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From others' eyes bid artless sorrows flow,

And raise esteem upon the base of wo! Even he, the noblest of the tuneful throng,

Shall deign my love-lorn tale to hear, Shall catch the soft contagion of my song,

And pay my pensive Muse the tribute of a tear.

ELEGY TO PITY.

[R] Hail, lovely power! whose bosom heaves the sigh,

When fancy paints the scene of deep distress, Whose tears spontaneous crystallize the eye,

When rigid Fate denies the power to bless.

Not all the sweets Arabia's gales convey

From flow'ry meads, can with that sigh compare ; Not dew-drops glittering in the morning ray

Seem near so beauteous as that falling tear.

Devoid of fear, the fawns around thee play;

Emblem of peace, the dove before thee flies; No blood-stain'd traces mark thy blameless way,

Beneath thy feet no hapless insect dies.

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Come, lovely nymph, and range the mead with me,

To spring the partridge from the guileful foe, From secret snares the struggling bird to free,

And stop the hand uprais'd to give the blow.

And when the air with heat meridian glows,

And nature droops beneath the conquering gleam, Let us, slow wandering where the current flows,

Save sinking flies that float along the stream.

Or turn to nobler, greater tasks, thy care,

To me thy sympathetic gifts impart;
Teach me in Friendship's griefs to bear a share,

And justly boast the generous, feeling heart.

Teach me to sooth the helpless orphan's grief,

With timely aid the widow's woes assuage, To Misery's moving cries to yield relief,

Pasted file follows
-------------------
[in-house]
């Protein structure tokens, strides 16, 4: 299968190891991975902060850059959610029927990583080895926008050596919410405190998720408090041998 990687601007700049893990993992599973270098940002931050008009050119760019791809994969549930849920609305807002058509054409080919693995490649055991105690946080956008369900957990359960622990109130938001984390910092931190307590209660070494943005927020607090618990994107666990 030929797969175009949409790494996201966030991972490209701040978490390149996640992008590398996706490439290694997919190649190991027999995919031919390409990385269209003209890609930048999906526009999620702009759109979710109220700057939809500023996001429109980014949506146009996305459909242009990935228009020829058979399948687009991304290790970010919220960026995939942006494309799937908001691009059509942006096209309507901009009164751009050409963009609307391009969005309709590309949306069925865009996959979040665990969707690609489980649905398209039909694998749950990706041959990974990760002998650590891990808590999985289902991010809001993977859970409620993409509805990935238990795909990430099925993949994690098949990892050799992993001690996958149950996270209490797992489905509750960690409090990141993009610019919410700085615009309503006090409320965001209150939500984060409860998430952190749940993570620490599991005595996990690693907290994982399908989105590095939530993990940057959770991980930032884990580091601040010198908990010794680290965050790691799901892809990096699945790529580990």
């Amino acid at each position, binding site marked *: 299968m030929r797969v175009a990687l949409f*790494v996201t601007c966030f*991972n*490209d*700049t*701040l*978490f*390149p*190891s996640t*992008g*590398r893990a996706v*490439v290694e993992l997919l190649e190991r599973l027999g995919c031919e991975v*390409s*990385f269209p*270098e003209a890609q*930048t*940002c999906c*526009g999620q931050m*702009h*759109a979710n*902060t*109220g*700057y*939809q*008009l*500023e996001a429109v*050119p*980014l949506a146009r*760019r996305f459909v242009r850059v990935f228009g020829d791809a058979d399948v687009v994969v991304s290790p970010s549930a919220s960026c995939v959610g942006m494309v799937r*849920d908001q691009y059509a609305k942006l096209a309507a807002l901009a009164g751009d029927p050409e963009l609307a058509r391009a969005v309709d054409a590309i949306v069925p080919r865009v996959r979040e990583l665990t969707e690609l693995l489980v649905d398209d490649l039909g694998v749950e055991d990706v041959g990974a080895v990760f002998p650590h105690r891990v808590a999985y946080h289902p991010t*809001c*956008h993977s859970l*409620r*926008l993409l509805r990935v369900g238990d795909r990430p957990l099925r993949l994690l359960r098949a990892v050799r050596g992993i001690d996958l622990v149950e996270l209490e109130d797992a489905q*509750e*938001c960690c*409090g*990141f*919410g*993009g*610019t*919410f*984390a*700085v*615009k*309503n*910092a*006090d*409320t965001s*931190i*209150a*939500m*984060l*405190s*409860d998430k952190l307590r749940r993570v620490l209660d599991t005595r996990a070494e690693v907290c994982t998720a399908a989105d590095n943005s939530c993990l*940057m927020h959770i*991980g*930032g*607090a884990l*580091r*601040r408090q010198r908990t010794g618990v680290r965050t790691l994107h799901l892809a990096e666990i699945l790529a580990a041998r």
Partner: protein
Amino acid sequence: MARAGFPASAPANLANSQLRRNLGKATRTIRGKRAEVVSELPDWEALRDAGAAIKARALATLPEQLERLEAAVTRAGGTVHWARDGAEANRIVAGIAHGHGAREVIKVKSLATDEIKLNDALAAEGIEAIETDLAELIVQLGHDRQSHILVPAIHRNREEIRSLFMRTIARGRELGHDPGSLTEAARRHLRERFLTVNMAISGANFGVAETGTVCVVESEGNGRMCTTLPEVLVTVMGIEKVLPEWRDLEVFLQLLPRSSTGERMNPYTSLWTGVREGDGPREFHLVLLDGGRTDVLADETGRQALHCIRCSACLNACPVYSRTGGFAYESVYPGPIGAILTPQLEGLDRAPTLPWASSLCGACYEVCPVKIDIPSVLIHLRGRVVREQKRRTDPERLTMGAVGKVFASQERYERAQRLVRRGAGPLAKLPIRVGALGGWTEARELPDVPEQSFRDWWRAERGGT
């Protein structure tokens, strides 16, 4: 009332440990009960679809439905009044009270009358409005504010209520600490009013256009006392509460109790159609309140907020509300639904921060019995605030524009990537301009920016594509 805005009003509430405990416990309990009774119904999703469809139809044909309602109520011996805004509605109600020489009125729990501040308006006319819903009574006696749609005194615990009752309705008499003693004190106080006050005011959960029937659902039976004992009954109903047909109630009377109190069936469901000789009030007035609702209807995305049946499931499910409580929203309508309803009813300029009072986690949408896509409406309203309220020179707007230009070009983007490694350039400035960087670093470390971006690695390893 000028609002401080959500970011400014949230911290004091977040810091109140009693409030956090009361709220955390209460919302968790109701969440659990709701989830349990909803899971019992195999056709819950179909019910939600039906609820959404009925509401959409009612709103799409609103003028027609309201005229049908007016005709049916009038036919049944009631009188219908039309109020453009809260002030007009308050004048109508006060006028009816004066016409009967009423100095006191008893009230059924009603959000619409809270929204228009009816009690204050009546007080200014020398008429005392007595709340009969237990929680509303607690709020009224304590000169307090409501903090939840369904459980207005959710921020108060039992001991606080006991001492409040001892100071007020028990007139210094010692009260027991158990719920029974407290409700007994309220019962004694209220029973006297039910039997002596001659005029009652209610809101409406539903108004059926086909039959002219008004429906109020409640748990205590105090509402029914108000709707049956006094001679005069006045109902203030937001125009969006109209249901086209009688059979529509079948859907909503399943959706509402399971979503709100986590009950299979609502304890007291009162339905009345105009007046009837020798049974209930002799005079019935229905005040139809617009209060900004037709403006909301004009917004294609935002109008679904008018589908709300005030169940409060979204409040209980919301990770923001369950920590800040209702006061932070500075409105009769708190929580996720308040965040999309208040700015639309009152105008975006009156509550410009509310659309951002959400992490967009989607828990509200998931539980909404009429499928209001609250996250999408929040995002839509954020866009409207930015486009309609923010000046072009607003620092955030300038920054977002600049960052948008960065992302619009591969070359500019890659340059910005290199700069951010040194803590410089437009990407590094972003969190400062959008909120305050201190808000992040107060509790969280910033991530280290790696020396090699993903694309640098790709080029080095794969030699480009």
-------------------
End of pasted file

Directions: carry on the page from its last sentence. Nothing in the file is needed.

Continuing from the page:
And be the sure resource of drooping age.

So, when the genial spring of life shall fade,

And sinking nature owns the dread decay, Some soul congenial then may lend its aid,

And gild the close of life's eventful day.

RECOLLECTIONS IN ADVERSITY.

[J. M.]

SWEET

was my father's kiss to me When nightly I was sent to rest; How joyful then I climb’d his knee, And bent

my

head to have it blest.

And when the blushing morning came,

Refresh'd from balmy sleep I rose, O how I lov'd to lisp his name,

And near his chair my station chose!

Then oft I felt my infant heart

Oppress'd with boding fears and care, Lest others lov'd should steal a part

Of fondness I could never spare.

The fairing gay was still for me,
And

many a treasur'd cake I found, His gifted doll I drest with glee, With spangled silk and ribbands bound,

My task perform’d-my lesson learn’d,

Recounting how I spent the day, The promis'd penny duly earn'd,

Light-hearted then I danc'd away.

My seat was by him in the bower,

That open'd to the landscape wide, Where oft he pluck'd the blooming flower,

And on my brow the emblem tięd.

An arm to me was welcome still,

Whene'er we health or pleasure sought: And as we trac'd the mead or hill,

I mark'd his magic turn of thought.

He bade the strains my soul inspire

That charm’d him from th' immortal page; And kindling with the Muse's fire,

He felt the bard's delirious rage.

My morn of life unclouded rose;

Kind parents strew'd my path with flowers; Soft pleasures charm’d me to repose,

And careful watch'd my waking hours.

But ah! my noon is overcast

To me hath dire misfortune come,

I shrink before the chilling blast

I wander now, without a home.

Yet, oh! forgive him powers above!

Who led me to the fatal snare,
Who made me slight a father's love,

And lightly prize a mother's care.

But cold in dust my parents sleep,

My piercing woes they cannot see--
Oh! that these burning eyes could weep

For those who wept so oft for me.

ELEGY

TO THE MEMORY OF AN UNFORTUNATE LADY.

[POPE.]

What beck’ning ghost, along the moonlight shade
Invites my steps, and points to yonder glade?
'Tis she!—but why that bleeding bosom gor'd,
Why dimly gleams the visionary sword ?
Oh ever beauteous, ever friendly! tell,
Is it in heav'n a crime to love too well :

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